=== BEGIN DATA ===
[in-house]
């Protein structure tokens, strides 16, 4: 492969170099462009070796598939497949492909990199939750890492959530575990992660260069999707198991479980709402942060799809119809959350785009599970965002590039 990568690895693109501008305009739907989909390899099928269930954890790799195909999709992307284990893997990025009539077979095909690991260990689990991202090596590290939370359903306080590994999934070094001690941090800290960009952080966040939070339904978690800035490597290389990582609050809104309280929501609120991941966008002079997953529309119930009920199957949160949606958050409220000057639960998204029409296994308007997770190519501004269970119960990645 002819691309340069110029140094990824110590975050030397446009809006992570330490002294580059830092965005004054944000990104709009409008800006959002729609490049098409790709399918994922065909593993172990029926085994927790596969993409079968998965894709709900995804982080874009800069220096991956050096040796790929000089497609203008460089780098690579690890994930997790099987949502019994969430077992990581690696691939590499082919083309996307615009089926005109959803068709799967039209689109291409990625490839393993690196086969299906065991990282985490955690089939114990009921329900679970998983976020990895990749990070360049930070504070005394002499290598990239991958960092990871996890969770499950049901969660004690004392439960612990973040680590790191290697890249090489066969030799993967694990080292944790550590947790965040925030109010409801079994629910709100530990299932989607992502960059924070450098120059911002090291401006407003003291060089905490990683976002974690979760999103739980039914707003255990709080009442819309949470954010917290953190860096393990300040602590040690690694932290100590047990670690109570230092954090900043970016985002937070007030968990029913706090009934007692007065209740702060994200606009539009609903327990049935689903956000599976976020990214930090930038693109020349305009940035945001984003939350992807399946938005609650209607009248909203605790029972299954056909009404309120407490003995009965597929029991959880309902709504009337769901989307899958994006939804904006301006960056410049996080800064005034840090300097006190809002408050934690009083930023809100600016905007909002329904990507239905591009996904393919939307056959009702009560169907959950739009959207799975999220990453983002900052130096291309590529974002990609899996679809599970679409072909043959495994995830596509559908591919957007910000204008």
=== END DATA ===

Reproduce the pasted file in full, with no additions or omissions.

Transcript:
[in-house]
């Protein structure tokens, strides 16, 4: 492969170099462009070796598939497949492909990199939750890492959530575990992660260069999707198991479980709402942060799809119809959350785009599970965002590039 990568690895693109501008305009739907989909390899099928269930954890790799195909999709992307284990893997990025009539077979095909690991260990689990991202090596590290939370359903306080590994999934070094001690941090800290960009952080966040939070339904978690800035490597290389990582609050809104309280929501609120991941966008002079997953529309119930009920199957949160949606958050409220000057639960998204029409296994308007997770190519501004269970119960990645 002819691309340069110029140094990824110590975050030397446009809006992570330490002294580059830092965005004054944000990104709009409008800006959002729609490049098409790709399918994922065909593993172990029926085994927790596969993409079968998965894709709900995804982080874009800069220096991956050096040796790929000089497609203008460089780098690579690890994930997790099987949502019994969430077992990581690696691939590499082919083309996307615009089926005109959803068709799967039209689109291409990625490839393993690196086969299906065991990282985490955690089939114990009921329900679970998983976020990895990749990070360049930070504070005394002499290598990239991958960092990871996890969770499950049901969660004690004392439960612990973040680590790191290697890249090489066969030799993967694990080292944790550590947790965040925030109010409801079994629910709100530990299932989607992502960059924070450098120059911002090291401006407003003291060089905490990683976002974690979760999103739980039914707003255990709080009442819309949470954010917290953190860096393990300040602590040690690694932290100590047990670690109570230092954090900043970016985002937070007030968990029913706090009934007692007065209740702060994200606009539009609903327990049935689903956000599976976020990214930090930038693109020349305009940035945001984003939350992807399946938005609650209607009248909203605790029972299954056909009404309120407490003995009965597929029991959880309902709504009337769901989307899958994006939804904006301006960056410049996080800064005034840090300097006190809002408050934690009083930023809100600016905007909002329904990507239905591009996904393919939307056959009702009560169907959950739009959207799975999220990453983002900052130096291309590529974002990609899996679809599970679409072909043959495994995830596509559908591919957007910000204008």